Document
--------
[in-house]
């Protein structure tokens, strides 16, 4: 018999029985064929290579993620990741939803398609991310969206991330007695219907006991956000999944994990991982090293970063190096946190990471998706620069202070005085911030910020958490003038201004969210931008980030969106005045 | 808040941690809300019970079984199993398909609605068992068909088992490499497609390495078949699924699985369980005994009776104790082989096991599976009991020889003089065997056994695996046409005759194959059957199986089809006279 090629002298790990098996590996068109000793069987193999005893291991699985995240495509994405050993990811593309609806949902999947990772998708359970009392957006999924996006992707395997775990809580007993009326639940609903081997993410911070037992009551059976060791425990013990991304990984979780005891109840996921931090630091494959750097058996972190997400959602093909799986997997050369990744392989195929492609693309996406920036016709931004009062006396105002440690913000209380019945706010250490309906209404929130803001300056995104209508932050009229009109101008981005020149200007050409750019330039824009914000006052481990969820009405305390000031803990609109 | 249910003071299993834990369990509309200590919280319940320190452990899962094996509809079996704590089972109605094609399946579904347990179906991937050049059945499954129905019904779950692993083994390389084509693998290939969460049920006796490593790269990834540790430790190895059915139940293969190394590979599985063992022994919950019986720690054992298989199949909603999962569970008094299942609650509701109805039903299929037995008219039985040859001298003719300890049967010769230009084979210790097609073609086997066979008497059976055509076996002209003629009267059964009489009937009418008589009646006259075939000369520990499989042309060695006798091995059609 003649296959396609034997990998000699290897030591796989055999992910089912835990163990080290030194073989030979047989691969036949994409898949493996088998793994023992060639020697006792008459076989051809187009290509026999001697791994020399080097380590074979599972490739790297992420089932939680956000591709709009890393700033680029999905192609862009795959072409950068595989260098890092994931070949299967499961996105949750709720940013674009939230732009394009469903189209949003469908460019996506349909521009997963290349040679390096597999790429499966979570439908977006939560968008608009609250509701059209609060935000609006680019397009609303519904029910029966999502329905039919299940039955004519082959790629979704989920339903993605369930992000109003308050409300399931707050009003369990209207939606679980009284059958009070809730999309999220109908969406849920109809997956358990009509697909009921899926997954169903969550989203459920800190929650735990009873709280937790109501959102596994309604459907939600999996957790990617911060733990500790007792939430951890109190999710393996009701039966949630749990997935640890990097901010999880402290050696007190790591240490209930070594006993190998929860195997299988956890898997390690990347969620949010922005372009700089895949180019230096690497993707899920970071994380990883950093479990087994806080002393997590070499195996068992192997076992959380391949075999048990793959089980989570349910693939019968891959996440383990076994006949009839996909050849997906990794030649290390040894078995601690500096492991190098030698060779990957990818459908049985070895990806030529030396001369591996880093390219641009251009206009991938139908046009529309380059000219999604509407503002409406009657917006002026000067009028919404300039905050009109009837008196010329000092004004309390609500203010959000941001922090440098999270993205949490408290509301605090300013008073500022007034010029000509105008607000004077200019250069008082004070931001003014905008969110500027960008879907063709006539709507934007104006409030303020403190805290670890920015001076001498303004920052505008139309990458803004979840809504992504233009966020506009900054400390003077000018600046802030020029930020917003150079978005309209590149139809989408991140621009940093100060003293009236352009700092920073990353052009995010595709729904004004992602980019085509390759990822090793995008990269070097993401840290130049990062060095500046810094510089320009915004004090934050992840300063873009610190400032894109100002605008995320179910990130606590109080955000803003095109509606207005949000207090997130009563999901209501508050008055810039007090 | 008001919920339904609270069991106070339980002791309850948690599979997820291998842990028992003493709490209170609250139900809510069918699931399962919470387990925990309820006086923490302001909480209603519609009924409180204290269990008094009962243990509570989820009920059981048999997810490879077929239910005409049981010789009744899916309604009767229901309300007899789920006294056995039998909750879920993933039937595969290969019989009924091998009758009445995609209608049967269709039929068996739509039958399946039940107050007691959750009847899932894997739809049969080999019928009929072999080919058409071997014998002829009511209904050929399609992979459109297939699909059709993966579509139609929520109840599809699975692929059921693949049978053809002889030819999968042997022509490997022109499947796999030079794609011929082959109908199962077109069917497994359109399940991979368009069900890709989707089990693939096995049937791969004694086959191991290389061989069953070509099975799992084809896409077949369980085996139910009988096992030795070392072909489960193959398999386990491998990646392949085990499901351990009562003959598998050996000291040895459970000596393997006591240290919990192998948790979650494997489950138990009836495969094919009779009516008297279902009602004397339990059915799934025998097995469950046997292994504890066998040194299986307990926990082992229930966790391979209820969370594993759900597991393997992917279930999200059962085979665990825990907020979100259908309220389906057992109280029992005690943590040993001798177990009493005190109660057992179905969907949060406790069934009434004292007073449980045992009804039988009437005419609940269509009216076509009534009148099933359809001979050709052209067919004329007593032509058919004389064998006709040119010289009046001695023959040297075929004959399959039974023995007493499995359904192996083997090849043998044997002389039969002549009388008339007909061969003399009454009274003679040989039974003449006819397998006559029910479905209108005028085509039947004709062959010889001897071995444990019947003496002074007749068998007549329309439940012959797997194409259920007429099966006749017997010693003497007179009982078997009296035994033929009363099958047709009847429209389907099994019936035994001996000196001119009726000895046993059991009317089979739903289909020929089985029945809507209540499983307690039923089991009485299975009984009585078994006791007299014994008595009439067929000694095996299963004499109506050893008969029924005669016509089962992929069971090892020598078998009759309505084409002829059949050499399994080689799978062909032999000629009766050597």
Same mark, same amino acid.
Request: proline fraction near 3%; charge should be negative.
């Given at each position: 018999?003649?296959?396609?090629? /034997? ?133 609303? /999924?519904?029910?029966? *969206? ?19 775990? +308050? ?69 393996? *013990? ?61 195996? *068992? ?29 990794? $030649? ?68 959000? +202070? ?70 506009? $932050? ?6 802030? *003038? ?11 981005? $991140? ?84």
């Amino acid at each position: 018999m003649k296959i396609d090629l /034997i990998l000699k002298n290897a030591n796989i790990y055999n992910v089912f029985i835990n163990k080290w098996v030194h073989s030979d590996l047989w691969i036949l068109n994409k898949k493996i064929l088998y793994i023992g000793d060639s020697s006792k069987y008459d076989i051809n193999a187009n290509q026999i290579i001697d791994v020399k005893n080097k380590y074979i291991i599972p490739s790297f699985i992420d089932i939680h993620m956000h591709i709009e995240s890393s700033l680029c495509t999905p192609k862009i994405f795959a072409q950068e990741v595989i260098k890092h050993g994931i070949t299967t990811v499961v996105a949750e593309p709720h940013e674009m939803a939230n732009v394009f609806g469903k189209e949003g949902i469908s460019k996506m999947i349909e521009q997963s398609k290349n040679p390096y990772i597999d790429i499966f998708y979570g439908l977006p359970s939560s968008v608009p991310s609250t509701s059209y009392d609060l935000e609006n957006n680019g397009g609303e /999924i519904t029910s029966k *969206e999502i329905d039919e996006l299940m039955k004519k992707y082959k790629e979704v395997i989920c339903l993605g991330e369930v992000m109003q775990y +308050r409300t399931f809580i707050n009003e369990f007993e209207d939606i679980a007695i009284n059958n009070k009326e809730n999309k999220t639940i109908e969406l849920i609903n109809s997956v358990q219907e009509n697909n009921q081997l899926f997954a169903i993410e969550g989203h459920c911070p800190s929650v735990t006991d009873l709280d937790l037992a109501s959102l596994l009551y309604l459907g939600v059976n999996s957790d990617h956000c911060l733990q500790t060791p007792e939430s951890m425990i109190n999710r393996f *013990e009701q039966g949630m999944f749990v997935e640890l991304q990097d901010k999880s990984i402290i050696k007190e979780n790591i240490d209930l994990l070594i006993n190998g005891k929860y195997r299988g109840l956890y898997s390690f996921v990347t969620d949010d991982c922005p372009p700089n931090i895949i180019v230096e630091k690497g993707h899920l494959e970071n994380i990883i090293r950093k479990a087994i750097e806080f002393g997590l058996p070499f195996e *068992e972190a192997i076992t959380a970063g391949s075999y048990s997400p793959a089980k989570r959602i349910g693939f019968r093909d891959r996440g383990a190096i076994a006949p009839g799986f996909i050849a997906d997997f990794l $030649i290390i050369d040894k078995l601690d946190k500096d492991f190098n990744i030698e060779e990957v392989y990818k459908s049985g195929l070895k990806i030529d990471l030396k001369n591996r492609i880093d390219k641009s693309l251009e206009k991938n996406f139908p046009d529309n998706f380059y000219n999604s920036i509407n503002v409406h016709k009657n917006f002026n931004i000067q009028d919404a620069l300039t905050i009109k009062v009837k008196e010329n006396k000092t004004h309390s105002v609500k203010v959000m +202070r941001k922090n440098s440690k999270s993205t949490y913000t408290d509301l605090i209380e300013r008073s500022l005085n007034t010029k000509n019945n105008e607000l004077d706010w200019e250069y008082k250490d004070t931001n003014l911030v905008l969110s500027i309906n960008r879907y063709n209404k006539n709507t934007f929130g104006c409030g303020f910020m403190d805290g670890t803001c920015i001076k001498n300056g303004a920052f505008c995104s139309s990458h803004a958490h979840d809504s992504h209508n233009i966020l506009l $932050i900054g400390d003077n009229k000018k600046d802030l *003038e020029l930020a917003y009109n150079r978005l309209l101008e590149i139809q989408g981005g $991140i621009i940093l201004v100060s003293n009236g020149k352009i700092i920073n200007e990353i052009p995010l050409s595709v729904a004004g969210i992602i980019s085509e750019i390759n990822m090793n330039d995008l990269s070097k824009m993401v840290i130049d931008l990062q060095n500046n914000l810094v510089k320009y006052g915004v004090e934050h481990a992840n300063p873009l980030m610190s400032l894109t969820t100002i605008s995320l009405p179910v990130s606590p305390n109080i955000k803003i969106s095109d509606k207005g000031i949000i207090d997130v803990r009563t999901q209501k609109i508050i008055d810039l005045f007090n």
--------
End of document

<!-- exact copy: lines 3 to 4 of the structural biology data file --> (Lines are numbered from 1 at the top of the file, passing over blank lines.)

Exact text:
Same mark, same amino acid.
Request: proline fraction near 3%; charge should be negative.